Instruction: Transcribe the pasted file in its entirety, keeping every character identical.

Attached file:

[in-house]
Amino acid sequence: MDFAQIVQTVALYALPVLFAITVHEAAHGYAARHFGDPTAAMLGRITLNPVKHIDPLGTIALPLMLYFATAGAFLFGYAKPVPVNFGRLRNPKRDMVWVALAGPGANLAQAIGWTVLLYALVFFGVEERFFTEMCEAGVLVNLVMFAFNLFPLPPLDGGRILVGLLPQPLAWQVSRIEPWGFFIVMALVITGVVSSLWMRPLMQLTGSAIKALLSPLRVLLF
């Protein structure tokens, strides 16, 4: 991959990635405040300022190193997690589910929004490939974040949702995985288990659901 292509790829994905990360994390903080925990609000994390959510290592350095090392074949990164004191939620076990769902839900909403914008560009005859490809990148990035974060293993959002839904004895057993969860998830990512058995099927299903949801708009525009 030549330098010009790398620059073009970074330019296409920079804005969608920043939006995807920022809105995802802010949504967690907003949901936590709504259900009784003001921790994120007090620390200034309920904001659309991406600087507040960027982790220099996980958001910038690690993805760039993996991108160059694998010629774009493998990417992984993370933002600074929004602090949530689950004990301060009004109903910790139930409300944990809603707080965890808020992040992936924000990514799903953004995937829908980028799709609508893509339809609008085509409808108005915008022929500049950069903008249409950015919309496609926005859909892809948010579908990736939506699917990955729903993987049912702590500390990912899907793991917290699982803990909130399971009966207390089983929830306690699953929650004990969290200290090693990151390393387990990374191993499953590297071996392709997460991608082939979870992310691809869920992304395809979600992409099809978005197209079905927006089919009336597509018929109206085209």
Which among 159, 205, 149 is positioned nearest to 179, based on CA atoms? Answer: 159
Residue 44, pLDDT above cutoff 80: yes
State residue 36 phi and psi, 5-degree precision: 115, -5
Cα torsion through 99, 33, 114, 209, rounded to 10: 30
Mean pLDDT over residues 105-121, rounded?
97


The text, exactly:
[in-house]
Amino acid sequence: MDFAQIVQTVALYALPVLFAITVHEAAHGYAARHFGDPTAAMLGRITLNPVKHIDPLGTIALPLMLYFATAGAFLFGYAKPVPVNFGRLRNPKRDMVWVALAGPGANLAQAIGWTVLLYALVFFGVEERFFTEMCEAGVLVNLVMFAFNLFPLPPLDGGRILVGLLPQPLAWQVSRIEPWGFFIVMALVITGVVSSLWMRPLMQLTGSAIKALLSPLRVLLF
């Protein structure tokens, strides 16, 4: 991959990635405040300022190193997690589910929004490939974040949702995985288990659901 292509790829994905990360994390903080925990609000994390959510290592350095090392074949990164004191939620076990769902839900909403914008560009005859490809990148990035974060293993959002839904004895057993969860998830990512058995099927299903949801708009525009 030549330098010009790398620059073009970074330019296409920079804005969608920043939006995807920022809105995802802010949504967690907003949901936590709504259900009784003001921790994120007090620390200034309920904001659309991406600087507040960027982790220099996980958001910038690690993805760039993996991108160059694998010629774009493998990417992984993370933002600074929004602090949530689950004990301060009004109903910790139930409300944990809603707080965890808020992040992936924000990514799903953004995937829908980028799709609508893509339809609008085509409808108005915008022929500049950069903008249409950015919309496609926005859909892809948010579908990736939506699917990955729903993987049912702590500390990912899907793991917290699982803990909130399971009966207390089983929830306690699953929650004990969290200290090693990151390393387990990374191993499953590297071996392709997460991608082939979870992310691809869920992304395809979600992409099809978005197209079905927006089919009336597509018929109206085209």
Which among 159, 205, 149 is positioned nearest to 179, based on CA atoms? Answer: 159
Residue 44, pLDDT above cutoff 80: yes
State residue 36 phi and psi, 5-degree precision: 115, -5
Cα torsion through 99, 33, 114, 209, rounded to 10: 30
Mean pLDDT over residues 105-121, rounded?
97